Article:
- Bill Barnwell
Football can be a confusing sport at times, even for the educated viewer. Anything beyond the most cursory analysis of what went right (or wrong) on a play requires multiple viewings. Ask your favorite NFL analyst if you don't believe us.
It gets even more confusing, though, when things like fantasy football are introduced. Now, don't get us wrong -- while some purists hate fantasy football, we're huge supporters. Anything that makes a Cleveland Browns tilt in Week 17 worth watching is good by us. But the problematic side of fantasy is that it colors the way we view and understand the game.
In particular, fantasy football distorts the true value of running backs and running plays. In the majority of fantasy football leagues, a 1-yard touchdown plunge is worth just as many points as a 69-yard run that gets bounced out of bounds at the 1-foot line. Of course, that 69-yard run is far more difficult than the plunge; running backs pick up that 1-yard TD on 55.9 percent of attempts.
That's an extreme example, but it points to the fetishization of touchdowns in most fantasy leagues, and that creeps into evaluations of how NFL players perform. Players like Marion Barber and Tim Hightower are said to have noses for the end zone because they accrue high touchdown totals, when the truth is that they really don't perform any better close to the goal line than an average back does.
Around the league this week, there were players who scored touchdowns, but contributed far more to fantasy teams than their own squads. Matt Cassel threw for two scores, but they came with the Chiefs down 24 points in the fourth quarter and in the middle of a game where Cassel took five sacks and completed less than 50 percent of his passes while averaging four yards an attempt. Nate Washington caught seven passes for 66 yards and a score, but they came on 12 attempts (one of which was an interception), and included three empty completions that didn't help the team whatsoever.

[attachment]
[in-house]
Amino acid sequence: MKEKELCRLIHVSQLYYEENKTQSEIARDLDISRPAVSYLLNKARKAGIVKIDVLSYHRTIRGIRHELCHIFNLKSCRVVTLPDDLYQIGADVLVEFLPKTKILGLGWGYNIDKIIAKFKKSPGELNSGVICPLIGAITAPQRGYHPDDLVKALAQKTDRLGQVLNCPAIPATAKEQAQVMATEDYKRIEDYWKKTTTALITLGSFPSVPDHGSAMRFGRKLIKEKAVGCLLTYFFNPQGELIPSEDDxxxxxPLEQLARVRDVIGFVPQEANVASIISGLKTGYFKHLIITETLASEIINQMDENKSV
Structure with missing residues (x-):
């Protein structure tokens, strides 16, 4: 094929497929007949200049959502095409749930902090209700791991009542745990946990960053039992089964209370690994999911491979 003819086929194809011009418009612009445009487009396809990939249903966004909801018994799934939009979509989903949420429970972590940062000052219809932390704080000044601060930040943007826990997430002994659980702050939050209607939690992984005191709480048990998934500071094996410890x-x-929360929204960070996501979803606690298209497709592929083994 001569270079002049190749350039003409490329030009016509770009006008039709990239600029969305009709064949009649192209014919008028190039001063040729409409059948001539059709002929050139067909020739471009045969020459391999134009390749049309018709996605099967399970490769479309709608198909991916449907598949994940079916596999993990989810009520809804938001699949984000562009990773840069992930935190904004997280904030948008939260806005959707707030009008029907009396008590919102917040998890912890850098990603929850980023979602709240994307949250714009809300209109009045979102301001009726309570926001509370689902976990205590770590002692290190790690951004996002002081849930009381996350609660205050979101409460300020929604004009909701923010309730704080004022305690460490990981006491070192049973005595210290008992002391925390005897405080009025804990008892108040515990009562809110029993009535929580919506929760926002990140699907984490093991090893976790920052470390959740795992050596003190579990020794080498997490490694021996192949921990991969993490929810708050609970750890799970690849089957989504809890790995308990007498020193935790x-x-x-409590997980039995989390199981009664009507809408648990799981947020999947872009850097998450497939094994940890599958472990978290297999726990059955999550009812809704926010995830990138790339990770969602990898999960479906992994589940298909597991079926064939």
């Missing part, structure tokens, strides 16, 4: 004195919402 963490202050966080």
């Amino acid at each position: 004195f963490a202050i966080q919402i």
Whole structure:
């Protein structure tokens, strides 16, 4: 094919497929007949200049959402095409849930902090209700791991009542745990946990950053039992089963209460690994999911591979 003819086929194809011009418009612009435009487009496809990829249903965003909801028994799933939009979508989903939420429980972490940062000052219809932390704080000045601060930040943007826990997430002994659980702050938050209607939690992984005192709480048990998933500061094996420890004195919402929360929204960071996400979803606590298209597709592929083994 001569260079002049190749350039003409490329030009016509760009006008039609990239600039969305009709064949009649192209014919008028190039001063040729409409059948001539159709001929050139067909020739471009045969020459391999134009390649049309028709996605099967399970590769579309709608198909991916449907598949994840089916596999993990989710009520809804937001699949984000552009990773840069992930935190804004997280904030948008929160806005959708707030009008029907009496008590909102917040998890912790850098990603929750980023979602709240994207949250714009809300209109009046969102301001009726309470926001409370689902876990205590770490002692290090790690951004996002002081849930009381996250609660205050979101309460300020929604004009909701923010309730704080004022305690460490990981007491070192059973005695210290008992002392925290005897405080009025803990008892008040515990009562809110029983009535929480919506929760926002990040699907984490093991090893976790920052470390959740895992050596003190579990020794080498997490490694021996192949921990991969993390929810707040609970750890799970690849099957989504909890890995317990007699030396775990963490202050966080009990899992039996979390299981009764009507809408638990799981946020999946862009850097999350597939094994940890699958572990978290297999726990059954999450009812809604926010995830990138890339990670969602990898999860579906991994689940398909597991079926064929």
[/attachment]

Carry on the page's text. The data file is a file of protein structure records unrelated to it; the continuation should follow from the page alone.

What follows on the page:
The topper, though, was Kevin Smith. The Lions running back scored twice on Sunday, converting from the 1-yard line and the 3-yard line. Valuable plays, sure, but not exactly hard work. He also had an 11-yard run. On his other 16 carries, he accrued a total of 15 yards. On the opening drive, his two carries went for -3 yards; the only reason he got to run the ball in from the 1-yard line to end the drive was because Chicago committed two penalties that gave the Lions a first down. All in all, eight of Smith's 19 carries went for no gain or negative yardage. That's an awful day, regardless of the work Smith did inside the 5-yard line. Smith did something valuable by scoring on those two plays, but his poor performance on the team's other drives far outweighs the touchdowns, because scoring from inside the 5 isn't particularly hard to do. That's why he had -14 DYAR on Sunday, even though he earned his fantasy owners 17 points.
The lessons to learn: Don't mistake a good day in fantasy football for a good day in the real stuff. And don't confuse something that's important for something that's difficult.
On to skill position analysis:
For the detailed skill position breakdown by FBO -- with comments -- you must be an ESPN Insider.
8mDianna Russini and Adam Schefter
11hEric D. Williams
1dBy Dan Graziano
2dMatt Walks, ESPN.com